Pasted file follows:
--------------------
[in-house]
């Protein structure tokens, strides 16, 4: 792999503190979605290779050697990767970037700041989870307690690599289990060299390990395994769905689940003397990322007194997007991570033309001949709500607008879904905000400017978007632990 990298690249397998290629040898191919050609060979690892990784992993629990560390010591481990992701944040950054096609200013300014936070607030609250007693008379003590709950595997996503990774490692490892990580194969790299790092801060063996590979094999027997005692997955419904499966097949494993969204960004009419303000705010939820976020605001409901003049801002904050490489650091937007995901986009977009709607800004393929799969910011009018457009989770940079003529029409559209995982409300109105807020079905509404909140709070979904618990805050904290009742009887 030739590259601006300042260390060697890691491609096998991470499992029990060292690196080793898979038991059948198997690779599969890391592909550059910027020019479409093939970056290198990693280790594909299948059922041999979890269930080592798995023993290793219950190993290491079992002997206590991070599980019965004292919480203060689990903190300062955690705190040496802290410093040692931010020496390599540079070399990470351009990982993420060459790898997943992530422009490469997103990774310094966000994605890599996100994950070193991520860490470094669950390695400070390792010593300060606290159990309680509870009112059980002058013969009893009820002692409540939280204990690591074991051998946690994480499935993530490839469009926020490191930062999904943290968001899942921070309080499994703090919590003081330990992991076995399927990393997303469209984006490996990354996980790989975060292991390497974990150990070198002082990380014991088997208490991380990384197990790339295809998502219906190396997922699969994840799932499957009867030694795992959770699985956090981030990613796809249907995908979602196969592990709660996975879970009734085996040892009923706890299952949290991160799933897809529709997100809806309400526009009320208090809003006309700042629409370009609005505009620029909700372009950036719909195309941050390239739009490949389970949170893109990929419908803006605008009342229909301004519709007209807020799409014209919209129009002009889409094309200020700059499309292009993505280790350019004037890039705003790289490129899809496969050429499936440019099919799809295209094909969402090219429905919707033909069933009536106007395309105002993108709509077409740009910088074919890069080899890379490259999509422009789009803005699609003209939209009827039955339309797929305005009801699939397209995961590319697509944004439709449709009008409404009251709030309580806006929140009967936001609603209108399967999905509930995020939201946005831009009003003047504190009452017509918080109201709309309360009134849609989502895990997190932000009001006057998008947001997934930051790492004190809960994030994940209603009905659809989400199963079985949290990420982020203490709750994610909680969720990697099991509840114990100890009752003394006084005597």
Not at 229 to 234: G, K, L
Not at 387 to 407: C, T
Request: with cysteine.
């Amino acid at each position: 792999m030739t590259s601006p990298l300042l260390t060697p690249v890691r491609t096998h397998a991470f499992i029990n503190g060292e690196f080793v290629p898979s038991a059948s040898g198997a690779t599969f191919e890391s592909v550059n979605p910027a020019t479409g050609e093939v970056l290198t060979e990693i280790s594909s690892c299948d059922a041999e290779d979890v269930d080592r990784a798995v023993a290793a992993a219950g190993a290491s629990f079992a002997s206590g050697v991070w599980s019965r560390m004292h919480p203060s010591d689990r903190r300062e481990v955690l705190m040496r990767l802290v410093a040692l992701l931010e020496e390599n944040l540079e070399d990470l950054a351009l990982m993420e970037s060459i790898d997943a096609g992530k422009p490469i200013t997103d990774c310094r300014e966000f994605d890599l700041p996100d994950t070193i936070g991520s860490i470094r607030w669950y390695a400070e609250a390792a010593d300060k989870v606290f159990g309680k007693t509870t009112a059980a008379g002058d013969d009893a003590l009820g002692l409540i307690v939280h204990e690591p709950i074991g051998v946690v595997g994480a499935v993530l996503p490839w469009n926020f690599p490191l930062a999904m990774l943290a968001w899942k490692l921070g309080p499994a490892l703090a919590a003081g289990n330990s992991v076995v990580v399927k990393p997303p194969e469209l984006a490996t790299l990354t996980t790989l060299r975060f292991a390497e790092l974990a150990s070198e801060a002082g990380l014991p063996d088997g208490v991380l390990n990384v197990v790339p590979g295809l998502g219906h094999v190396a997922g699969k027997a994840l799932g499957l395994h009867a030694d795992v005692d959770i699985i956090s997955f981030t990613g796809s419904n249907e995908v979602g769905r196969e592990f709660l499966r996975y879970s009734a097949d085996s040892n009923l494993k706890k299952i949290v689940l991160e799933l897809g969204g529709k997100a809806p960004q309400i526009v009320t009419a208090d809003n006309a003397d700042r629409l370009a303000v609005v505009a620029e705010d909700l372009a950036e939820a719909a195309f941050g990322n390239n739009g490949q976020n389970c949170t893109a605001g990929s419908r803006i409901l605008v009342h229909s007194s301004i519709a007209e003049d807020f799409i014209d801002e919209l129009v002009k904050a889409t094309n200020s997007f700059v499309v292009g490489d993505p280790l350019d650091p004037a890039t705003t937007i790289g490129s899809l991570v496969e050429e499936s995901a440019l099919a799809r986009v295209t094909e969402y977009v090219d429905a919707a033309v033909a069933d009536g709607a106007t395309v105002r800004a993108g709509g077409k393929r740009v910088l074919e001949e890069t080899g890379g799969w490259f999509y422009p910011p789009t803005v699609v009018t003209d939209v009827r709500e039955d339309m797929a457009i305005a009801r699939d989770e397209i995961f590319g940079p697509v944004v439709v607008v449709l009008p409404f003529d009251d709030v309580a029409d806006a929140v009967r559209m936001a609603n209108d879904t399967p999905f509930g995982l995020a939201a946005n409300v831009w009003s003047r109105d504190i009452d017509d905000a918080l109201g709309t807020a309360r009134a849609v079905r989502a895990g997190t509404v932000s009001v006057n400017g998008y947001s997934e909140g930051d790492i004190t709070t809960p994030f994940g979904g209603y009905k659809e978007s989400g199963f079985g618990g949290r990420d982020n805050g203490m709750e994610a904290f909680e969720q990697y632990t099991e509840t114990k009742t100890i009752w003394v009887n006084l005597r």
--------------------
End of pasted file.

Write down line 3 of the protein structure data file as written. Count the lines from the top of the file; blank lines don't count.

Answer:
Not at 229 to 234: G, K, L